In the world everything is as it is, and everything happens as it does happen: in it no value exists--and if it did, it would have no value.
If there is any value that does have value, it must lie outside the whole sphere of what happens and is the case. For all that happens and is the case is accidental.(1)
Wittgenstein, Tractatus Logico Philosophicus
Senancour (1770-1846) occupies an uncomfortable place in French literary history. Little read, seldom taught,(2) he has intimidated audiences by a prose style that combines the intensely private and the intemperately descriptive. A consummate adversary of plot, an undaunted detractor of gothic frills, Senancour is one of those writers whose stature has depended a great deal on the acknowledgments of a few towering figures--Proust's famous exclamation "Senancour c'est moi," Sainte-Beuve's and Sand's elegiac prefaces of Oberman-but whose actual reputation is based on hearsay, rather than on first-hand knowledge. It is undeniable that Oberman (1804) is a long and difficult work(3), one that also had the bad luck of spearheading with some of the more obviously pivotal Romantic novels (Rene, Adolphe, Delphine). Readers who sought in Oberman the confessions of a lesser-known enfant du siecle hardly knew how to respond to this anachronistic stoic, looking for redemption in a self-styled retreat from the world.
This essay argues that Senancour's epistolary novel is antithetical to most of his contemporaries' writings about the self. It is a series of letters that rethinks aggressively the relationship between landscape and subjectivity, between writing and empathy. For a semi-autobiographical work, with its share of melancholic etats-d'ame, Senancour manages to thwart any reading that could fulfil the public's need for solace and identification. With the severity of a Pascal and the indifference of a Lautreamont, Senancour's Oberman is one of the staunchest manifestations of what would constitute a poetics of renunciation. As with any type of writing that depends on a radical expulsion of the self, while operating from the vantage point of the first-person, it treads exciting new grounds in the history of reader-response.
Had Senancour known Rene at the time he wrote Oberman, then it would be tempting to say that his aesthetics were a reaction against Chateaubriand's self-absorbed, anthropomorphic prose. But it would be more accurate to portray Senancour, this steadfast disciple of Rousseau, as a philosophe manque, who would use the rhetoric of the Reveries to conceptualize a self-absorption of a very different kind. Senancour's idiosyncratic readings of Jean-Jacques are rooted in a contradictory impulse: to rewrite a history of consciousness based on neglected, peripheral areas of experience--sleep, daydreaming, tea-drinking--areas that humble, rather than elevate the self. Senancour's project was to salvage Nature from the burdensome pathetic fallacies of its viewers. He achieves this by using the first-person to erect a private, narcissistic edifice, at the same time that this first-person subtly exposes the vanity of such an approach.(4) The brilliant and paradoxical demonstration of Oberman is that the self can only be known once it has grasped its own irrelevance. Senancour's journey is one of ascetic self-distancing; its originality is that it begins by drawing the reader in (the way a journal intime would), but makes its message more and more abstract and impersonal. Senancour writes about a self that is to be emptied of its purely subjective content, raising questions of artistic autonomy that were disseminated by Kant's Critique of Judgement and that have dominated aesthetic theory until today.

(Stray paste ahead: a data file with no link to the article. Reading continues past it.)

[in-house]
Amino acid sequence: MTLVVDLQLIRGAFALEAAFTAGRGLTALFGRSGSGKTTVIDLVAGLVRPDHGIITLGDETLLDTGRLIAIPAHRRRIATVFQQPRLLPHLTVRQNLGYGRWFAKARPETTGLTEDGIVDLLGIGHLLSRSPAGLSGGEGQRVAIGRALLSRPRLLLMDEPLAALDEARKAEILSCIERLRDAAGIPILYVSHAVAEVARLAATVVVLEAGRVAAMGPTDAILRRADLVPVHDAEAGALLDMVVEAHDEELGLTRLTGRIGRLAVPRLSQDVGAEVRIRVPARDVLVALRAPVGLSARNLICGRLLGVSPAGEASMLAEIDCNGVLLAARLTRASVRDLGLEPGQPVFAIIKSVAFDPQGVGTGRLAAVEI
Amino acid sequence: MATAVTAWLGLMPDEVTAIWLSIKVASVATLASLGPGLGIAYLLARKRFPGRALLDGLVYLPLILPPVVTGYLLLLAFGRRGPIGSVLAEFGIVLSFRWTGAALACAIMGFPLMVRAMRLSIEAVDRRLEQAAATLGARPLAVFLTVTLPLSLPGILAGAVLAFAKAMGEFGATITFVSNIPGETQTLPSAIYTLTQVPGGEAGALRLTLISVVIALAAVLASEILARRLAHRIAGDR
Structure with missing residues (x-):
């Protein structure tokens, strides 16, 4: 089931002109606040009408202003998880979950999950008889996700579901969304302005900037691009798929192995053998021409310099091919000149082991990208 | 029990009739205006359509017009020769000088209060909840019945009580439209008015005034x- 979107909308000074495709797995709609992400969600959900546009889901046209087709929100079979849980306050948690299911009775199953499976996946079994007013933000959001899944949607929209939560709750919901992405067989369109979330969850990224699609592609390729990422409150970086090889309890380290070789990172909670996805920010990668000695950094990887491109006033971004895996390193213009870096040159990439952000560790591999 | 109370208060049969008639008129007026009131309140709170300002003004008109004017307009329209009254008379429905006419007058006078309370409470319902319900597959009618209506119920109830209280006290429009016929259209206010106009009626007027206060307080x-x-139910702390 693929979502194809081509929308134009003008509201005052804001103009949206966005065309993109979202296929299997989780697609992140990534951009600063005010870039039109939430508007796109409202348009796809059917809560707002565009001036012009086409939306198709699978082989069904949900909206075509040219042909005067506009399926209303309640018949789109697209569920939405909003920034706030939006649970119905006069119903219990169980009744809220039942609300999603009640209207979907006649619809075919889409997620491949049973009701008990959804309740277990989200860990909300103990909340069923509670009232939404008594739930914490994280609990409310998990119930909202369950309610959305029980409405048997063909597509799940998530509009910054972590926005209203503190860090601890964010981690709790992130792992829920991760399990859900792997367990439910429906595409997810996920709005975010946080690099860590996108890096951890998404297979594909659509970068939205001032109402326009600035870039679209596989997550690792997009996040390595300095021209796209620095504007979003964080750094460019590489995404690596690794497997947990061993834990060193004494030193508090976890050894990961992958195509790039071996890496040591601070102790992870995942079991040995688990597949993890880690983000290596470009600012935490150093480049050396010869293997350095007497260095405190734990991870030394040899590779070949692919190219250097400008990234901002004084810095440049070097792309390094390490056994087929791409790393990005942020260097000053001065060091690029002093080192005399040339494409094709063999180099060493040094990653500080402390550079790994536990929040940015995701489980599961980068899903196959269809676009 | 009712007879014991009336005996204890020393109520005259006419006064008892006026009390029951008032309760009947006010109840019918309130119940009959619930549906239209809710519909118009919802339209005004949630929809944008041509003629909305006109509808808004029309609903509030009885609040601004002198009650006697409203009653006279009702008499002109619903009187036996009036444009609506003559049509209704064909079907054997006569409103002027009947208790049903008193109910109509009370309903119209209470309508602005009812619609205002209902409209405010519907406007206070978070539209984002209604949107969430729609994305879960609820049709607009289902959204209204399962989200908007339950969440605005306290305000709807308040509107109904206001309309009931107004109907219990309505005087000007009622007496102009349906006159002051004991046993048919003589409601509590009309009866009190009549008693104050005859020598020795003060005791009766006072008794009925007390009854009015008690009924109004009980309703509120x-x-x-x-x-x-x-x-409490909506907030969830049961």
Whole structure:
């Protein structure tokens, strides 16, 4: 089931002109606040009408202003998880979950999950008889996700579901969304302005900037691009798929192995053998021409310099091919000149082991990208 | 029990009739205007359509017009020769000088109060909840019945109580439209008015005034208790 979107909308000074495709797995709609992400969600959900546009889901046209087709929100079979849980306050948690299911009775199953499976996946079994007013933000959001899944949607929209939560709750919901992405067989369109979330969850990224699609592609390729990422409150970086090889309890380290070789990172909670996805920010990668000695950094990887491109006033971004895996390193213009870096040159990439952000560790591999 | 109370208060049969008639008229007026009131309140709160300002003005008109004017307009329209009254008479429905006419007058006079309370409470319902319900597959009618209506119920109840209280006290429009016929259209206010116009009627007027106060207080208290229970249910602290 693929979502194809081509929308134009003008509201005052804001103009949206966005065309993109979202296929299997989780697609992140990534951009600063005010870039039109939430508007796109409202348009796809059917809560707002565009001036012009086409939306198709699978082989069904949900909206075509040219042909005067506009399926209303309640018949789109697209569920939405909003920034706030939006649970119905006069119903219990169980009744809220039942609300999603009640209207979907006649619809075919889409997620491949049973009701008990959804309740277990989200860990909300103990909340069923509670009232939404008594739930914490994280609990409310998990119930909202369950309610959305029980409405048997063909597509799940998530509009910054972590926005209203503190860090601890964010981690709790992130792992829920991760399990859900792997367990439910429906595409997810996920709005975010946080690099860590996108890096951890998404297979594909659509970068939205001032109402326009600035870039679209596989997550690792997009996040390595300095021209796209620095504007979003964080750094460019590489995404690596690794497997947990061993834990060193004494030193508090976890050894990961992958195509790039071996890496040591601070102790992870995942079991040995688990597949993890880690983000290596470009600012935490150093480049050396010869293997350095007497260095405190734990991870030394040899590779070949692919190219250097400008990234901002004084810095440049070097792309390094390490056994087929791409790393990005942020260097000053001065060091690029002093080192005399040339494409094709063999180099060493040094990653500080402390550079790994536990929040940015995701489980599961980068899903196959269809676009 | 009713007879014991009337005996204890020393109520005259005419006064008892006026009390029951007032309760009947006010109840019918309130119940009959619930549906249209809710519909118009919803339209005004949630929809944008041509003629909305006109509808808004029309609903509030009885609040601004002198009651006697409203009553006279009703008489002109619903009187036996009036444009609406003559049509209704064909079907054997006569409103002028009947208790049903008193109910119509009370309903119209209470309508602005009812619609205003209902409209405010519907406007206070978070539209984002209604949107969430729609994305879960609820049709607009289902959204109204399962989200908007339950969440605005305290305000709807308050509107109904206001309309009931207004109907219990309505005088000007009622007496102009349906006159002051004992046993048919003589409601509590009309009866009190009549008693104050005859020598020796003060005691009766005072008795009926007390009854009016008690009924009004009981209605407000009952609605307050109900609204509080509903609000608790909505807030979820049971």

Oberman is one of those rare literary experiments that demands from the reader a genuine rethinking of what reading is all about. Senancour clearly felt that literature was becoming synonymous with hedonism, self-indulgence, and a general desire to epater le bourgeois:
[l']avidite des extremes . …